Berserk The Golden Age Arc 2 The Battle for Doldrey_image #2


The second movie in the trilogy starts off with a nice recap from the first. You are landed in a battle where Casca fights sexist opponent called Adon (of the Blue Whale Ultra Heavy Armored Fierced Assault Annihilation Knight Corps) who is belittling Casca because she’s a woman. After some action scenes Casca becomes exhausted and falls from the edge of a cliff and Guts tries to save her but they end up both falling. You then see Guts tending to Casca’s wounds and see the lighter side of him – you start to relate to Guts rather than thinking of him as a mad dog. Flash backs of Casca’s childhood start and it reveals how she came into The Band of Hawk and why she cherishes Griffith so much. When Casca finally awakens you get to see a friendship start to form between the two. Tracking back to The Band of the Hawks – they  get ambushed by Adon and his army and enters an epic fight scene where you get to see Guts go into berserker mode.

The last portion of the film then focuses on Battle of Doldery. Doldery is Chuder’s last foot hold – which will be the final battle for Midland to gain victory. The Band of the Hawks take on this battle with crazy odds – 5,000 men vs 30,000 and this is when you get to see Griffith’s battle strategies shine. After a huge epic battle of bloodshed, strategy and a more humane side to some key characters, The Band of the Hawks stand victorious.

The Band of the Hawks return to Midland in a victory parade with some nice light hearted scenes and then at night the Midland ball begins. The King of Midland announces that the Hawks & Griffith have now gained nobility and The Hawks get appointed the name ‘The White Phoenix Knights’. After a few nice scenes you see Guts announce that he will be leaving The Band of the Hawks and there is a confronting scene between Guts and Griffith.  As you know they best talk with swords – so they have another stand off in order to see if Guts can go in his own direction and this time Guts stands victorious. Griffith is left in shambles –  like his dream has been ripped from his hands.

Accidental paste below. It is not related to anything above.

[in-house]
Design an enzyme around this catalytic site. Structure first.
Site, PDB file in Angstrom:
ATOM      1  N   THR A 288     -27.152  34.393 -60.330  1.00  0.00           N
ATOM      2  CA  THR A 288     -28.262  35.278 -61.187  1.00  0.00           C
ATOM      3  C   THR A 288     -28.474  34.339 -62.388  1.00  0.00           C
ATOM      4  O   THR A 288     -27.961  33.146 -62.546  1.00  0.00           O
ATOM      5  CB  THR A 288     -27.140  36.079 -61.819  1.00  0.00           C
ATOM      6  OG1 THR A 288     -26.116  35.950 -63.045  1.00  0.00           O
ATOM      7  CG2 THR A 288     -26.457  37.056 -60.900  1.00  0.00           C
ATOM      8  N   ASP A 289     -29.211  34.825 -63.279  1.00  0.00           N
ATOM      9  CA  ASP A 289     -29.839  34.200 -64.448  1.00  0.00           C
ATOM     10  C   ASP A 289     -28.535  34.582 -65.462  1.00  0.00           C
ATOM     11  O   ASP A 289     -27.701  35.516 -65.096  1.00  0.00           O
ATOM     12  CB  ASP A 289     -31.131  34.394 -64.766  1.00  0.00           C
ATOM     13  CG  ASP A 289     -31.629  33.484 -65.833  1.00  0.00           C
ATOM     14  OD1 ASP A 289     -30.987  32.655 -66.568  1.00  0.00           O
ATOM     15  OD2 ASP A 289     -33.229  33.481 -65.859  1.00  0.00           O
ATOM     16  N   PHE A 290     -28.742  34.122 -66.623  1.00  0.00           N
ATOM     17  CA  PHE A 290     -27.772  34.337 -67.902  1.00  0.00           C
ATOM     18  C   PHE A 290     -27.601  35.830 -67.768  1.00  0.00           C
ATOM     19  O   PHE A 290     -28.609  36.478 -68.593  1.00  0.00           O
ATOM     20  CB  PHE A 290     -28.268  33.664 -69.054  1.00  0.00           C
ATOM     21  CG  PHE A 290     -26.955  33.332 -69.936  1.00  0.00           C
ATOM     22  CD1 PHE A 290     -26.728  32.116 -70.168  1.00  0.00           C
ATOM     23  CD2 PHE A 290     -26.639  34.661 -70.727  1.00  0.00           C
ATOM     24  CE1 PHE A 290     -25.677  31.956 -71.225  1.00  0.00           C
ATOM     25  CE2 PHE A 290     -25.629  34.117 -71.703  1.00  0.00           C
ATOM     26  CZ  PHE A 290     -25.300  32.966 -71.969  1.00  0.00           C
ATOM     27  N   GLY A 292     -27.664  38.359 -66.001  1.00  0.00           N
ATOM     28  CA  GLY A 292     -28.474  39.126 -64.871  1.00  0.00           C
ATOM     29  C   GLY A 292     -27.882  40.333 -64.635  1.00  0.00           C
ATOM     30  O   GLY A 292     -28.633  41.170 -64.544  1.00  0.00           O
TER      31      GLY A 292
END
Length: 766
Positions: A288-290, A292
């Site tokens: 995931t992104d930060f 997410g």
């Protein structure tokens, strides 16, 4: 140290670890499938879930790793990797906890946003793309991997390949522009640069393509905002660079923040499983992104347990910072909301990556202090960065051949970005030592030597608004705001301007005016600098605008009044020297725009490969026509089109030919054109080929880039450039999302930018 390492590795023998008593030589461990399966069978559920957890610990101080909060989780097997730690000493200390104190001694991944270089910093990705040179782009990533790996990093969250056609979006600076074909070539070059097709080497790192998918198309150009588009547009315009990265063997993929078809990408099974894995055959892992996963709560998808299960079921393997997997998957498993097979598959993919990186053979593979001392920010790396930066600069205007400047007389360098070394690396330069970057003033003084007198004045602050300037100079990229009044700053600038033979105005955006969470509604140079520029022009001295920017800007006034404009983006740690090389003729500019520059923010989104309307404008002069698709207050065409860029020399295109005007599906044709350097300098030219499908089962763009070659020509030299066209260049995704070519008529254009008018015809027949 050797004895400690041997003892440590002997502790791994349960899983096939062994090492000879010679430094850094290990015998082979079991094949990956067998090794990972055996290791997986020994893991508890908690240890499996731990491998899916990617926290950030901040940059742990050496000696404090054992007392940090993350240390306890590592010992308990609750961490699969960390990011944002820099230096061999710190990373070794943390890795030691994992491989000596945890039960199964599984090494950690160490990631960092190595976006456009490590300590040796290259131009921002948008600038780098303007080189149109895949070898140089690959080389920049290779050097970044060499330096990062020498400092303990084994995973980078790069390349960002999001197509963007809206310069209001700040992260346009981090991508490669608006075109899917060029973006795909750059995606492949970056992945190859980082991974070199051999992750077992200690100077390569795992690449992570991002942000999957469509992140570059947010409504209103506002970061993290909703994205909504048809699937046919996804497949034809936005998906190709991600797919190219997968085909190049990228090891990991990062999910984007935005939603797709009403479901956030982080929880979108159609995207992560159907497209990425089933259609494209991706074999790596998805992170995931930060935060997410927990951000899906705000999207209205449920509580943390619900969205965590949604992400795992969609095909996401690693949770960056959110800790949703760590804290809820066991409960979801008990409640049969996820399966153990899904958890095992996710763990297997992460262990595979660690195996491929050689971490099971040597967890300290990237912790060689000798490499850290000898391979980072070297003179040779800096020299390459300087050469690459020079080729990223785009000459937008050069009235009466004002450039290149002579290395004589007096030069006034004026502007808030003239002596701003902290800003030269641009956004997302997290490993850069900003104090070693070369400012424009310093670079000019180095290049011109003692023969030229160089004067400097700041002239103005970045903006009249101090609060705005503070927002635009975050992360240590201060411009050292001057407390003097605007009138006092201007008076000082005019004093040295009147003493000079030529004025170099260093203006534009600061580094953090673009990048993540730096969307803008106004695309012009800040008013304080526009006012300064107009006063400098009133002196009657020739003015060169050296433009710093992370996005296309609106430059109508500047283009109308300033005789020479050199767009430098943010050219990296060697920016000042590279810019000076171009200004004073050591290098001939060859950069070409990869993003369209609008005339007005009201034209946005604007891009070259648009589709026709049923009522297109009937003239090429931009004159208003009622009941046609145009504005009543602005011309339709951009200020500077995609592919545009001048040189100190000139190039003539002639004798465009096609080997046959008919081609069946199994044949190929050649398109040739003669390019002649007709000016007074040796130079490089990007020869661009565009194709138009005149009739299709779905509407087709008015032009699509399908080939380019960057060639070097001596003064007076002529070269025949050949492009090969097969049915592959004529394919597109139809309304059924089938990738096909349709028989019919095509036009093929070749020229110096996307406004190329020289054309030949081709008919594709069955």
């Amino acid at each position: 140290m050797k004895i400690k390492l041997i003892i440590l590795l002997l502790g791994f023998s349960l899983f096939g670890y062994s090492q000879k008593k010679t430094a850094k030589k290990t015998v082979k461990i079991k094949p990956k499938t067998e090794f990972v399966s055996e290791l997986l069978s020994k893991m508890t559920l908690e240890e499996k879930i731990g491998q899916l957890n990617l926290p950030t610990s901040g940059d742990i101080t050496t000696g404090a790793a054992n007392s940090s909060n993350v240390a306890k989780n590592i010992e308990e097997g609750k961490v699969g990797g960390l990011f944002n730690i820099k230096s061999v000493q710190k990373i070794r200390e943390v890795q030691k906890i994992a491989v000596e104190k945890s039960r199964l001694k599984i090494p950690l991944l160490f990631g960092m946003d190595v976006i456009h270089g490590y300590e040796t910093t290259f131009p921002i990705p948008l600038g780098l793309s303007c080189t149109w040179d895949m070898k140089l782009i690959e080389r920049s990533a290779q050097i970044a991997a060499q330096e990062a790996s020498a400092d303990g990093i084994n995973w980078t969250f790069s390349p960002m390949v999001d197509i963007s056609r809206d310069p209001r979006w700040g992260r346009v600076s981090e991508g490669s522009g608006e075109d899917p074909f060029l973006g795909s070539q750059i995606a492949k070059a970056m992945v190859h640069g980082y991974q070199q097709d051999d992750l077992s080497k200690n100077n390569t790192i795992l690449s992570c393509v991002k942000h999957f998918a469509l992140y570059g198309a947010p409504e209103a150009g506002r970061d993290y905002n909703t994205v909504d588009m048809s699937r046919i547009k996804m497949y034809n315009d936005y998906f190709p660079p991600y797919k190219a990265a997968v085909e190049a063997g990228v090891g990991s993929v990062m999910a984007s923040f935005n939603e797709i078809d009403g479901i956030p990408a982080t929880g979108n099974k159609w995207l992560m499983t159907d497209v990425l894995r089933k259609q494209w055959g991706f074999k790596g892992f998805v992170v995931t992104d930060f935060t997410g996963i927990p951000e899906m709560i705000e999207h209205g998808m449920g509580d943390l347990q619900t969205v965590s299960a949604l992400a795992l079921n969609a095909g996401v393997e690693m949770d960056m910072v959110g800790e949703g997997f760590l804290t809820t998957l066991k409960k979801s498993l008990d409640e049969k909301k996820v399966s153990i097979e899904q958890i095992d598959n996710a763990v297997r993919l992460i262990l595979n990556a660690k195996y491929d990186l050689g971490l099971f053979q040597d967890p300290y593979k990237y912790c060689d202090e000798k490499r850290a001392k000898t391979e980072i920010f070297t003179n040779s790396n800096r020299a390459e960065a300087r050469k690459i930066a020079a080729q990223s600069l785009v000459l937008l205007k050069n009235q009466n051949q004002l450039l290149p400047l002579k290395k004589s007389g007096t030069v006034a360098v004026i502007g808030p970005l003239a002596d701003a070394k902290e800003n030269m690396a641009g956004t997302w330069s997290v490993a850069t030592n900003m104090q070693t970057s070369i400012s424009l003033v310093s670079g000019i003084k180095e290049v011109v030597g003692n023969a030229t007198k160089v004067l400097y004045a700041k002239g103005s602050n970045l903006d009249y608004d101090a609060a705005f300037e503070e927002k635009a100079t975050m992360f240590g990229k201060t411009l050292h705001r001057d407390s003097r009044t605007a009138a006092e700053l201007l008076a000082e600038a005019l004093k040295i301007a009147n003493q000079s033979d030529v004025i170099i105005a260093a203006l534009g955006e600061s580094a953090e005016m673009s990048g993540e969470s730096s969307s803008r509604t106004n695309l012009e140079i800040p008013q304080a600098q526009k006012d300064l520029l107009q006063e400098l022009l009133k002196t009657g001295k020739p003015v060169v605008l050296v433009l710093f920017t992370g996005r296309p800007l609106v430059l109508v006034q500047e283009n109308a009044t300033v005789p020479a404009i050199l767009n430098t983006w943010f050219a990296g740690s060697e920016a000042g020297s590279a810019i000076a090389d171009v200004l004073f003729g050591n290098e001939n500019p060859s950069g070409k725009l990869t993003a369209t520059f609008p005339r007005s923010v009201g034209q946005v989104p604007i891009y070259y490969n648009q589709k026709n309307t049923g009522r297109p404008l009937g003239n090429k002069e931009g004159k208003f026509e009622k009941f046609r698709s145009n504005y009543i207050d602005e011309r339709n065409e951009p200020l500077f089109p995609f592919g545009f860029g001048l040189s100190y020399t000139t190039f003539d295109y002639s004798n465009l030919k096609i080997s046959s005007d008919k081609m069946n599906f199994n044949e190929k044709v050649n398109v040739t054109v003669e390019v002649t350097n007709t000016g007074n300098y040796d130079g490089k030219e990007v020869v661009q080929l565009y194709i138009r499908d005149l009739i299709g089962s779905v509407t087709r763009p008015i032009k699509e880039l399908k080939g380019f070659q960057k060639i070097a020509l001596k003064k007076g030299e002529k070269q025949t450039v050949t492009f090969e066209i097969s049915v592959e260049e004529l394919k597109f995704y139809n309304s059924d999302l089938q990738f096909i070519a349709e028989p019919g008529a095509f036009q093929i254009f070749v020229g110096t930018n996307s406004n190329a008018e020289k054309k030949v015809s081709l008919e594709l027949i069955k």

The movie ends with Princess Charlotte and a broken Griffith tending to each others needs. The movie then throws a 360 spin at you with a darker tone where the next morning Griffith gets charged with high treason of the Royale House and the Hawks get branded as traitors. It then enters a scene with Griffith getting tortured and that he loosing his Behelit. (The red face device that hangs around his neck).



The third and final film is, lets face it – it’s dark, twisted, emotional and has you yelling at your television screen “what the f@&%, why?”. The world that you know and love literally goes straight to hell.